Looking Back at Tom Waits' First Seven Albums - The National, UK


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Talking to Mojo back in 2004, Tom Waits was typically playful when discussing his unorthodox approach to music-making. “I break a lot of eggs,” he quipped. “And I leave the shell in there. Texture is everything.”

Perennially cool and gruff of voice, Waits, now 68, has done a fine job preserving his mystique. It helps that he’s been fastidiously uncooperative with biographers – and always resisted the use of his music in advertisements.

Today sees Anti, the indie label Waits signed to at 50, release remasters of the first seven studio albums he made for Elektra Asylum Records between 1973 and 1980. Although Waits’s reputation as a true maverick wasn’t cemented until the release of his 1983 record Swordfishtrombones, his Asylum years are full of great songs.

Waits grew-up loving the sci-fi TV drama The Twilight Zone and the work of Beat writers such as Kerouac and Bukowski. Musically, he loved the rhythm and blues of Wilson Pickett, the balladry of Roy Orbison and much more besides, but it was the jazz great Thelonious Monk who inspired Waits to gravitate towards piano.

His songs could be seedy, romantic or blackly comic, and were typically peopled by freaks, outsiders and other characters down on their luck. As all-seeing narrator, Waits came to personify a kind of barfly musician. He painted a stunning portrait of tentative, last-orders romance in I Hope That I Don’t Fall In Love With You (below), the stand-out from his 1973 debut Closing Time. Three years later, on 1976’s Small Change, the character who sings The Piano Has Been Drinking (Not Me) is clearly playing for laughs: Waits hits bum notes deliberately, blaming them on his inebriated instrument.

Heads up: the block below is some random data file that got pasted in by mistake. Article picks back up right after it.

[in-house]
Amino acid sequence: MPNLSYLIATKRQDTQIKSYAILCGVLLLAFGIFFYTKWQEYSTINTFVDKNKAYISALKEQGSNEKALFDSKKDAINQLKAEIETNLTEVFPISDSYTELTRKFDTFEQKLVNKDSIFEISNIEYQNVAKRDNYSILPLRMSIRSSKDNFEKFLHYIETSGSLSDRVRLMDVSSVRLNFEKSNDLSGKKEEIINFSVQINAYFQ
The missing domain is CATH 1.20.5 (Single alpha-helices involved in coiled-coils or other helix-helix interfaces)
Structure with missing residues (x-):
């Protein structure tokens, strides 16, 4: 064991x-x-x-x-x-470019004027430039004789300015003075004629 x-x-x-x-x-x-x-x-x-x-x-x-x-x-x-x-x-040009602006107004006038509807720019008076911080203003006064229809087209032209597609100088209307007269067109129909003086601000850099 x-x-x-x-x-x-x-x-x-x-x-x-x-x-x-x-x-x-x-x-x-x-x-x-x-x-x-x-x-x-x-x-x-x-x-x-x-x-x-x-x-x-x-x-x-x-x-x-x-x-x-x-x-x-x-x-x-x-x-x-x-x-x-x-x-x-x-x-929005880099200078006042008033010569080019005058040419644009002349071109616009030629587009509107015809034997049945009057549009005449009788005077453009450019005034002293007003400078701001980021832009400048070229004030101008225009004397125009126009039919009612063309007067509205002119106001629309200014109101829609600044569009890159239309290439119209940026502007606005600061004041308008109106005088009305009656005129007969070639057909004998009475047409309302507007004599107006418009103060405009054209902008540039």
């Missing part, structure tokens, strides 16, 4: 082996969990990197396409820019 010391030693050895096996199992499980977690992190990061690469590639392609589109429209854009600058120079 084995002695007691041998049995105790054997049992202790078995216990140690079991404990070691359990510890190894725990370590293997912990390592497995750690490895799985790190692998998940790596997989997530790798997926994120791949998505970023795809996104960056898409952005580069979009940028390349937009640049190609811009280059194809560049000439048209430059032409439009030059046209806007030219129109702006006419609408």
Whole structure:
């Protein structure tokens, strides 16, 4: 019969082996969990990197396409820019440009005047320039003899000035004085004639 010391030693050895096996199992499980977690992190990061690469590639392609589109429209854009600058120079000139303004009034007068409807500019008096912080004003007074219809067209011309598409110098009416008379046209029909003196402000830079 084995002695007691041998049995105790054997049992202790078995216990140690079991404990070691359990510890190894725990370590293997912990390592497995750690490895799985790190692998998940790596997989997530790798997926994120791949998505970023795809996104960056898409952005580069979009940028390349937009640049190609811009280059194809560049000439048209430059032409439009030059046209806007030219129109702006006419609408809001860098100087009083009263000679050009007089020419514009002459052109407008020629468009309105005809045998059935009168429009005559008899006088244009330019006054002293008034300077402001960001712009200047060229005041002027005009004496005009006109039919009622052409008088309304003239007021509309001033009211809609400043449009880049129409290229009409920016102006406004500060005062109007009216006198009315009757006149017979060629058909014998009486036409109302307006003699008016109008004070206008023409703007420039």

It was on his second album, 1974’s The Heart Of Saturday Night, that his beatnik and 1950s jazz leanings began to inform tracks such as Diamonds On My Windshield, a spoken-word piece Waits had read at the Venice Poetry Workshop in Los Angeles. His 1975 follow-up Nighthawks At The Diner was recorded live in front of a small audience, but the venue Waits refers to as “Raphael’s Silver Cloud Lounge” was actually The Record Plant recording studio in Sausalito, California. It’s an entertaining window onto his early, anecdote-rich live act all the same, Waits playing Mendelssohn’s Wedding March on the piano in his introduction to Better Off Without A Wife. (By 1980, Waits had married film-script analyst Kathleen Brennan, who became his songwriting partner).

Eventually acting in movies such as Francis Ford Coppola’s Rumble Fish and Robert Altman’s Short Cuts, Waits also had a keen interest in film soundtracks, and this influence made itself known on both 1977’s Foreign Affairs and Waits’s 1978 mid-period masterpiece, Blue Valentine.

Here, Waits covers Bernstein and Sondheim’s Somewhere from West Side Story. But in stark contrast to the song’s heart-tugging string arrangement, his vocal is deliciously low and gruff. Kentucky Avenue is another highlight, its moving evocation of childhood peppered with stark images. “Mrs Storm will stab you with a steak knife if you step on her lawn”, sings Waits, perfectly capturing the junior imagination ran wild.

His last album for Elektra Asylum was Heartattack And Vine (1980), a transitional record that flits between gnarly R&B and strings-ornamented piano balladry. Waits says goodbye to Rickie Lee Jones on Ruby’s Arms, a track Australian group Frente! called “the saddest song ever written” when they covered it in 1995.

- James McNair